Abstract: Thermally driven local winds are ubiquitous in deep Alpine valleys during fair weather conditions resulting in a unique wind climatology for any given valley. The accurate forecasting of these local wind systems is challenging, as they are the result of complex and multi-scale interactions. Even more so, if the aim is an accurate forecast of the winds from the near-surface to the free atmosphere, which can be considered a prerequisite for the accurate prediction of mountain weather. This study combines the evaluation of the simulated surface winds in several Alpine valleys with a more detailed evaluation of the wind evolution for a particular location in the Swiss Rhone valley, at the town of Sion during the month of September 2016. Four numerical simulations using the COSMO model are evaluated, two using a grid spacing of 1.1 km and two with a grid spacing of 550 m. For each resolution, one simulation is initialised with the soil moisture from the COSMO analysis and one with an increased soil moisture (+30%). In a first part, a comparison with observations from the operational measurement network of MeteoSwiss is used to evaluate the model performance, while, in a second part, data from a wind profiler stationed at Sion airport is used for a more detailed evaluation of the valley atmosphere near the town of Sion. The analysis focuses on 18 valley wind days observed in the Sion region in September 2016. Only the combination of an increased soil moisture and a finer grid spacing resulted in a significant improvement of the simulated flow patterns in the Sion region. This includes a stronger and more homogeneous along-valley wind in the Wallis and a more realistic cross-valley wind and temperature profile near the town of Sion. It is shown that the remaining differences between the observed and simulated near-surface wind are likely due to very local topographic features. Small-scale hills, not resolved on even the finer model grid, result in a constriction of the valley cross section and an acceleration of the observed low-level up-valley wind in the region of Sion.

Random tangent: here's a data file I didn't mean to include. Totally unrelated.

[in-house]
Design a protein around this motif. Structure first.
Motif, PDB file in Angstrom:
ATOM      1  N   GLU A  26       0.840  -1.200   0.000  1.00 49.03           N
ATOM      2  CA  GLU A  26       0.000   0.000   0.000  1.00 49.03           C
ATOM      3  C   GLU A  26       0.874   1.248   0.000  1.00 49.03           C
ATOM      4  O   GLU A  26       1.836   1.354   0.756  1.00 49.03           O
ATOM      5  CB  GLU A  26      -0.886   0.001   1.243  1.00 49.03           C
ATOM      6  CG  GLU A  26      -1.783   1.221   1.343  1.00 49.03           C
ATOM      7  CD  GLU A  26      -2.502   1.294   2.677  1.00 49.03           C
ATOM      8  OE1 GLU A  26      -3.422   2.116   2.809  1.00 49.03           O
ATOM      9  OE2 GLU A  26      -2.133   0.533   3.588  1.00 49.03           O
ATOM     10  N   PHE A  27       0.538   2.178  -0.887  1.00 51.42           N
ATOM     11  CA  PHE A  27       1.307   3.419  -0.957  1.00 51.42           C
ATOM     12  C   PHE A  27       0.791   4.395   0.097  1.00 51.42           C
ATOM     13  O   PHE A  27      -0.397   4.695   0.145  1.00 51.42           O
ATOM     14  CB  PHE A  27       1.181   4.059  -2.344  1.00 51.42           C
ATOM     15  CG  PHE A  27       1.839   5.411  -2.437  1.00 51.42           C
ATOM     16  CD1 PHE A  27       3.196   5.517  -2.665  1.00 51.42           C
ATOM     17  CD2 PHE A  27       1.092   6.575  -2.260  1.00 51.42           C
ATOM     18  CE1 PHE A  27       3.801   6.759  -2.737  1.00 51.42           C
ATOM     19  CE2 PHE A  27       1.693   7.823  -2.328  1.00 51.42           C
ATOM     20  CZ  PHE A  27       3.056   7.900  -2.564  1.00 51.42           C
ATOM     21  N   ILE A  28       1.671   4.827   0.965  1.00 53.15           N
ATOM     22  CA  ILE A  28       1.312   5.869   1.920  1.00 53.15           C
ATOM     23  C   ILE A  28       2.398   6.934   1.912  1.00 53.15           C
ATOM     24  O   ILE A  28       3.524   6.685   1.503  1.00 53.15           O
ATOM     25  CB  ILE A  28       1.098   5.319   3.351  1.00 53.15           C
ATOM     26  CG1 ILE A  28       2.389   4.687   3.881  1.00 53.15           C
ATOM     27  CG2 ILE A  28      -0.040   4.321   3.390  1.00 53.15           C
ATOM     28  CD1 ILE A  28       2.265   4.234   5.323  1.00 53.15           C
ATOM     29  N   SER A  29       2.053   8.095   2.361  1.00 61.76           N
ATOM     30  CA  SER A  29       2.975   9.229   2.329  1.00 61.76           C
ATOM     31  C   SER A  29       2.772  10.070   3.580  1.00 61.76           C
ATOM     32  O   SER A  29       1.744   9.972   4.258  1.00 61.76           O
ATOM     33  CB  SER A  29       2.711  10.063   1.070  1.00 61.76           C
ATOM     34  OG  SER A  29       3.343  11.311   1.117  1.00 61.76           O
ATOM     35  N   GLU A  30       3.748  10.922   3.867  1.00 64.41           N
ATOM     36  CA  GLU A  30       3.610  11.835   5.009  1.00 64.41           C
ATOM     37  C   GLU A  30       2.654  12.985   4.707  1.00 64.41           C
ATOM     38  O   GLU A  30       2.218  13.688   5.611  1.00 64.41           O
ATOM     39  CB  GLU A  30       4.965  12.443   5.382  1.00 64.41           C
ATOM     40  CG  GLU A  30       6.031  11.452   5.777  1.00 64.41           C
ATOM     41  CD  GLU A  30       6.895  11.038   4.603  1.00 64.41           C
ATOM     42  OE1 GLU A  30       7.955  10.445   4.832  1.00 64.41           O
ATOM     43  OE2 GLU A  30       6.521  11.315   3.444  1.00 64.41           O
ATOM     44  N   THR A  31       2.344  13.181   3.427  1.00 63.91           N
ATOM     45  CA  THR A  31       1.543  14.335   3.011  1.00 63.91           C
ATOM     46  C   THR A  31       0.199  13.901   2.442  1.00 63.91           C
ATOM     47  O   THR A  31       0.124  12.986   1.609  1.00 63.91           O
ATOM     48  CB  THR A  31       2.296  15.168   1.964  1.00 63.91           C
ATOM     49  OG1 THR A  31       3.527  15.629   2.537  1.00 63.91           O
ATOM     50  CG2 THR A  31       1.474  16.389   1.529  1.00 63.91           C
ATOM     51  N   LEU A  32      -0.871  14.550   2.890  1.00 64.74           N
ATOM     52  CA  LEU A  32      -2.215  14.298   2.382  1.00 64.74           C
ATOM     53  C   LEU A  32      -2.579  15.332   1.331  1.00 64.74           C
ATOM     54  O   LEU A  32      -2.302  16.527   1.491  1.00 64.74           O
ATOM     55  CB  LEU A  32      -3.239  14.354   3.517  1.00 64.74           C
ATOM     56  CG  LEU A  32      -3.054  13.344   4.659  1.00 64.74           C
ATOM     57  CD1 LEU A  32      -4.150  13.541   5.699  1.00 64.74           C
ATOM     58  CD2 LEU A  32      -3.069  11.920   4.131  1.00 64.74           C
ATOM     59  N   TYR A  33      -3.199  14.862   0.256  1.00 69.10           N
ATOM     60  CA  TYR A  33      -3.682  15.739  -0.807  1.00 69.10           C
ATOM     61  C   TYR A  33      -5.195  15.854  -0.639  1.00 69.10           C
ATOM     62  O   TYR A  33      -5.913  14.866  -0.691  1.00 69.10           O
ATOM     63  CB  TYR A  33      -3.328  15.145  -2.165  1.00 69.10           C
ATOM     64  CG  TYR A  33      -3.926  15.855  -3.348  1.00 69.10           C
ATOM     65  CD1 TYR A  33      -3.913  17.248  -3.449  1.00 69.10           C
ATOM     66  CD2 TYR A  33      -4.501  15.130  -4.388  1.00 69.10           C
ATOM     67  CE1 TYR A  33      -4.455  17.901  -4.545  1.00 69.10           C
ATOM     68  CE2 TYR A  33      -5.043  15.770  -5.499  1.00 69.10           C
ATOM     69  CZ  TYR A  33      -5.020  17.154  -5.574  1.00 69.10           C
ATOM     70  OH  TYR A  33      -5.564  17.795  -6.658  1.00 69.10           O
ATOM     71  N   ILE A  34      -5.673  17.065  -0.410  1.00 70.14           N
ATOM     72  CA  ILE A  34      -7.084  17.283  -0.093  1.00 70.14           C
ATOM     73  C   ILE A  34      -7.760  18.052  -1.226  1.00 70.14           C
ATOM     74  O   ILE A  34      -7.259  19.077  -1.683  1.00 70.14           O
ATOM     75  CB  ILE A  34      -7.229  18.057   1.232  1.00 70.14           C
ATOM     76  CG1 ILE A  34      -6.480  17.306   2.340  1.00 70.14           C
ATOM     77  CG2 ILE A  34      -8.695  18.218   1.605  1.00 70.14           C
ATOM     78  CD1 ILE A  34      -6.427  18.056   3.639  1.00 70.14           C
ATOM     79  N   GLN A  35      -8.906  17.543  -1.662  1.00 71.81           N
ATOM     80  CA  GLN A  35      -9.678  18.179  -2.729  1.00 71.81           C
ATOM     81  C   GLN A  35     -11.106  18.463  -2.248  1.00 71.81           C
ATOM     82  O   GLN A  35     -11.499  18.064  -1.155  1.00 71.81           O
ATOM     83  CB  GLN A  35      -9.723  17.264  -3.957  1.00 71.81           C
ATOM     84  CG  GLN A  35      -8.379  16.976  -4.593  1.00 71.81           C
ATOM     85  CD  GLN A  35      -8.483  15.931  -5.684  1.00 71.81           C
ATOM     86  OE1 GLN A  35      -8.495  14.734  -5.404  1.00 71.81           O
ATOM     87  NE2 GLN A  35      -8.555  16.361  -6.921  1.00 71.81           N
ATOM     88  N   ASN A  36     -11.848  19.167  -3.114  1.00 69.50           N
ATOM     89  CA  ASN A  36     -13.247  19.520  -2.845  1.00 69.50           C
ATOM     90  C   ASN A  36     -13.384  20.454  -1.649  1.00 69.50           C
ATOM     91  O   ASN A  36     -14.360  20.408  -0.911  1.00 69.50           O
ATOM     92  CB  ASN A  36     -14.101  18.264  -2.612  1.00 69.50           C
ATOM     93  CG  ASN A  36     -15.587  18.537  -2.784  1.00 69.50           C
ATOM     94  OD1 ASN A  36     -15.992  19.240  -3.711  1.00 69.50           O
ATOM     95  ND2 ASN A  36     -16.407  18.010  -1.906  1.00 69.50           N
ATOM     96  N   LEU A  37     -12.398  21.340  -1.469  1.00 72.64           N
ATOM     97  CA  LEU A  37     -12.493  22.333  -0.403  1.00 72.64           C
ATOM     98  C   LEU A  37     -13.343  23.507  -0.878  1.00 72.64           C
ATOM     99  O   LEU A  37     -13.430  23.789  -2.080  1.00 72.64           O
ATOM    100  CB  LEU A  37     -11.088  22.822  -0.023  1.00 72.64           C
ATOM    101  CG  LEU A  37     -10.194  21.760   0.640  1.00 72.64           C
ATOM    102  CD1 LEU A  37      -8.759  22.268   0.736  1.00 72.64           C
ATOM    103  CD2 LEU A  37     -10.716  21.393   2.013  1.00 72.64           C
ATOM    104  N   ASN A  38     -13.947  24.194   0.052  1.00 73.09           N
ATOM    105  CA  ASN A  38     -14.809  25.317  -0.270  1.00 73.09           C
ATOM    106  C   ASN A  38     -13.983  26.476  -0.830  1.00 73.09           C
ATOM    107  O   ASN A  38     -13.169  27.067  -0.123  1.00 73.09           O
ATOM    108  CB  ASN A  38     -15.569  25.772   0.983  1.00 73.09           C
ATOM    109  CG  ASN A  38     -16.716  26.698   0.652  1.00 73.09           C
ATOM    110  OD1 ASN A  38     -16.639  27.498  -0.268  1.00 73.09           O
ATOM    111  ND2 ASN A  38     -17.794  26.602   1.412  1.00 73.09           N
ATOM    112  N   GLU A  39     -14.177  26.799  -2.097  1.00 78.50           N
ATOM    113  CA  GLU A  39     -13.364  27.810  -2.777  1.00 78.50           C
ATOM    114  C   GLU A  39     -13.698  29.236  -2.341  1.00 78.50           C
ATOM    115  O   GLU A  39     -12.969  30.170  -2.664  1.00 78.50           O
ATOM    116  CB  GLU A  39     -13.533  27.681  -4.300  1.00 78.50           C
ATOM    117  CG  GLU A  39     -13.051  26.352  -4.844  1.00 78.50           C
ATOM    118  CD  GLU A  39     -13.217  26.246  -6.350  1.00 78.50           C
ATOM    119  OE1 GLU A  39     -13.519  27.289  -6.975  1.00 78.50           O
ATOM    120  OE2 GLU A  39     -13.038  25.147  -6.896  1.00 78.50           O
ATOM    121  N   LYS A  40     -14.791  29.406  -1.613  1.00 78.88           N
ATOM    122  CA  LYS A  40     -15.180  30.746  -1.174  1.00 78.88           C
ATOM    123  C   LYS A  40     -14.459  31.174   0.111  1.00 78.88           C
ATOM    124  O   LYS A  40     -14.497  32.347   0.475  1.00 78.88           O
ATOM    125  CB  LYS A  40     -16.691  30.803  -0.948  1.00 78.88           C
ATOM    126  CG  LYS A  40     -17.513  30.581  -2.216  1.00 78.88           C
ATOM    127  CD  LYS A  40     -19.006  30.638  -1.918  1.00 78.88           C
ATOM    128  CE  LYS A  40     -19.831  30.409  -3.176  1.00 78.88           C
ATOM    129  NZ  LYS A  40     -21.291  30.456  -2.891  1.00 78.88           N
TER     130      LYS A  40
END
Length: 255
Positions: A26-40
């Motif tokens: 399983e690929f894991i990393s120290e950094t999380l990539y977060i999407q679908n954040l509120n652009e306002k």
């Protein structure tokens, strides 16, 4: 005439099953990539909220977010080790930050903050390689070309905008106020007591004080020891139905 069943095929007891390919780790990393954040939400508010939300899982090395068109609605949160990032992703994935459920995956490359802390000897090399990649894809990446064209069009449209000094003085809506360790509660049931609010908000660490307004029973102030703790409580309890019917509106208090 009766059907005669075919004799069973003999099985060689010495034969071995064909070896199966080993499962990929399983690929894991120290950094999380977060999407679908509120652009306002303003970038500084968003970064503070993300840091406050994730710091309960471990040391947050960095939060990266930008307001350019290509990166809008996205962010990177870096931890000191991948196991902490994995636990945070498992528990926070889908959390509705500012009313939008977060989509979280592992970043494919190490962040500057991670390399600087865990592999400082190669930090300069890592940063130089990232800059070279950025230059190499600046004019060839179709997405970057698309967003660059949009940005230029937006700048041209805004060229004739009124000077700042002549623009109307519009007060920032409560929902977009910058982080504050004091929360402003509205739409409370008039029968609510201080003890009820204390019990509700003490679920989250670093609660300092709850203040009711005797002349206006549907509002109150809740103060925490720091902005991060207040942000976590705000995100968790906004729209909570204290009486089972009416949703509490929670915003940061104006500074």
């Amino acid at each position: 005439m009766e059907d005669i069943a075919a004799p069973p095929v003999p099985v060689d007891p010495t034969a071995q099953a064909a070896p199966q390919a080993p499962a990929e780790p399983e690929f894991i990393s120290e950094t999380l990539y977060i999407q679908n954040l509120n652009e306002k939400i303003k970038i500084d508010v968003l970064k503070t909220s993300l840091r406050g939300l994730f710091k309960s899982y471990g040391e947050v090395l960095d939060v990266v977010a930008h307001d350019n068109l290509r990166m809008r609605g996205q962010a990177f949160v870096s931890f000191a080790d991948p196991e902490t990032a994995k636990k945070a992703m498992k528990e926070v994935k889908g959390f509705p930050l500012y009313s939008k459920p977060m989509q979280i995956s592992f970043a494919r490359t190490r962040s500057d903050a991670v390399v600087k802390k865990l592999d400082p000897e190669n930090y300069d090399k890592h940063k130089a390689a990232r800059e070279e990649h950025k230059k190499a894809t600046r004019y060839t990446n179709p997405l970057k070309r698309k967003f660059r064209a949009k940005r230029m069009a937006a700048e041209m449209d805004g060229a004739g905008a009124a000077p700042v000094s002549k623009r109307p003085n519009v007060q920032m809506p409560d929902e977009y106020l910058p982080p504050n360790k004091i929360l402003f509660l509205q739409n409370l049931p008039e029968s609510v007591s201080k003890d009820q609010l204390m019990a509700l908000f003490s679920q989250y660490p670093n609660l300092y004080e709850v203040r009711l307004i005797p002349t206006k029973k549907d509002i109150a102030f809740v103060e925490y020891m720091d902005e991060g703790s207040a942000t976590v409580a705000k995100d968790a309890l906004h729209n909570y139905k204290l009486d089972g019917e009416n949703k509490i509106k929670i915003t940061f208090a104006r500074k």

Citation: Meteorology